A tavern of Goa is an institution by itself, its ambience unparalleled and the feeling of getting tranquilized a bit is unbeatable. A typical Goan taverna gets started in a village when diminishing returns of income are overtaken by the growing family needs, and the thought wafts around that a few extra bucks could come handy. With some space made available within the house and someone to look after the customers, the tavern gets launched. A mai or an uncle is as indispensable part of the venture as alcoholic drinks; a hired help is unheard of in taverns. It serves usually grams, bhetki (pickled raw mangoes) or dry mackerel as accompaniments to drinks, but sometimes, a special customer is favoured with a small portion of a dish prepared for lunch or dinner for the family (“Just for taste, OK?”). Most popular drink in a tavern is naturally fenny brewed from cashew apples or coconut palms, with an unhurried munching of the village gossip. More than from an alcohol, warmth in taverns flows from candid discussions on miseries of health and affairs of the heart.

That, ‘all things good must come to end’ had supposedly first occurred to the English poet Chaucer many centuries ago. Anything that lasts so long has to have some substance in it! The tavernas of Goa are slowly losing out on the fierce cut-throat competition of the short-cuts approach. With mai, pai and uncle passing away, the family ambience gets disappeared and so does the setting. The gen-next has replaced the old world languor with ‘luv’ for the fast buck, a ‘on the house’ customer sometimes doubling as waiter with a hired help who stares at you unnecessarily and screws its eyes when one orders for good old fenny. These are the times for whisky or a shandy (beer mixed with fizz drink)!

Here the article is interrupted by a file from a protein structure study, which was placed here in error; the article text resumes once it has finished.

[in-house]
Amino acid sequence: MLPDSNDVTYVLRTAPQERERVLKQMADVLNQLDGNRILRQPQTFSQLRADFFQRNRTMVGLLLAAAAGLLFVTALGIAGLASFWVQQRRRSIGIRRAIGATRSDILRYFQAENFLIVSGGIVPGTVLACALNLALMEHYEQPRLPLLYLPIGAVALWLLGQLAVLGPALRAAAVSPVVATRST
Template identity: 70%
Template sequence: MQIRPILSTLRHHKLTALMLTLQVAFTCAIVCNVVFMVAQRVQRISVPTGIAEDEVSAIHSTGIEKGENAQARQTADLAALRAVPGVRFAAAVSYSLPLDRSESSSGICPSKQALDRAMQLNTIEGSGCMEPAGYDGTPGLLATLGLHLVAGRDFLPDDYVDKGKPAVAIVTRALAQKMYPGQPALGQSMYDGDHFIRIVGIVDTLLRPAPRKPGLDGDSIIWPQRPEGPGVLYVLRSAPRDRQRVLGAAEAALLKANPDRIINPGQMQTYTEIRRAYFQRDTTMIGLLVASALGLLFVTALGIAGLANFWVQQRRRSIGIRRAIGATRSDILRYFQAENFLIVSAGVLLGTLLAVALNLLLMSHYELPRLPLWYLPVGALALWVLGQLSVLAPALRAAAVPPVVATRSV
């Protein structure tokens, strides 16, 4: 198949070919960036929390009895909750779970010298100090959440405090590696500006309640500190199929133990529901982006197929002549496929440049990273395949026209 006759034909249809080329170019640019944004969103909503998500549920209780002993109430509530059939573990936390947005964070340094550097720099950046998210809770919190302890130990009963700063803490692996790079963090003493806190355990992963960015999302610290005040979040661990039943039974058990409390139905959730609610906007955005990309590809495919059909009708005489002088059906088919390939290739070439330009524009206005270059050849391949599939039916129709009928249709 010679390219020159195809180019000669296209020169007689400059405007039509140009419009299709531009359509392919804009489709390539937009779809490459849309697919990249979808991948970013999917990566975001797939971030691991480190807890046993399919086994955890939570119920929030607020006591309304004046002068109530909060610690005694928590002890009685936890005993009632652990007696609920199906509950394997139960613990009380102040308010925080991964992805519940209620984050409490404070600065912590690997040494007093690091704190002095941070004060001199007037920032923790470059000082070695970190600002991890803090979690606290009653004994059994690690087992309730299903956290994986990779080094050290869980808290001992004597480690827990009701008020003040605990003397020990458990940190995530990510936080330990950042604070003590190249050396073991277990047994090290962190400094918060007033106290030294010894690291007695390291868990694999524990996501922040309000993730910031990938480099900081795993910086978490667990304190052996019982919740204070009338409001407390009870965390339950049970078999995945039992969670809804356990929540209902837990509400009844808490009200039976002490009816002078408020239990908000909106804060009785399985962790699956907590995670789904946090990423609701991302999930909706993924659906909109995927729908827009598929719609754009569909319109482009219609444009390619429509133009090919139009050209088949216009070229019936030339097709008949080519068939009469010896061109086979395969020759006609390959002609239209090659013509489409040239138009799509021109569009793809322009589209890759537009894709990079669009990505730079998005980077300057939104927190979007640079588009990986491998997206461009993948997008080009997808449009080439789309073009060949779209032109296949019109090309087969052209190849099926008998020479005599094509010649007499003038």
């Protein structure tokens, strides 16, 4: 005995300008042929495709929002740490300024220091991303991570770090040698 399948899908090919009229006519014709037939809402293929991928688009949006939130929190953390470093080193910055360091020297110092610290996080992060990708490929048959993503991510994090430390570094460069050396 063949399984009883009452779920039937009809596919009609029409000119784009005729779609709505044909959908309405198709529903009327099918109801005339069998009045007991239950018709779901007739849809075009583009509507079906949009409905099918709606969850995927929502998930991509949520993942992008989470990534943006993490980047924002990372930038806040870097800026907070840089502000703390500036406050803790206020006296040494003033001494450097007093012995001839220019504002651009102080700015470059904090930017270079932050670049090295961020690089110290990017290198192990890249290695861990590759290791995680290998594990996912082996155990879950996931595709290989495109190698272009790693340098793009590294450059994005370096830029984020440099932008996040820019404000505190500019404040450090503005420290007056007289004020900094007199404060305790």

But the idea has caught on…In recent times a few metamorphosed
taverns have come up, though with modern concepts such as doing away with the conjoint names of the parents. One simply named ‘Ernesto’s’ at Clube Vasco da Gama in Panaji is another such watering hole where the European concept of a club restaurant including Goan + International menu blends easily with the amiability of tavernas. The ‘Viva Panjim’ in Panjim’s ‘Latino Quarter’ actually gives you home brewed caju fenny and the food masala is ground by the youthful incarnation of old mai! A petite closet, ‘The High Tide Bar’ at Goa’s pet starred hotel, the Mandovi, offers cosiness that is to be experienced to be believed. It has an unobtrusive extension to balcony, which overlooks the river alongside, offering instant cure for claustrophobic customers. This starred bar has none of the frugal simplicity of old tavernas but it disproves the notion that plush locales cannot achieve that same effect if comfy sense and skilful décor is used. In this case it is indeed aided by scenic beauty; the scene reminds me of Lisboa!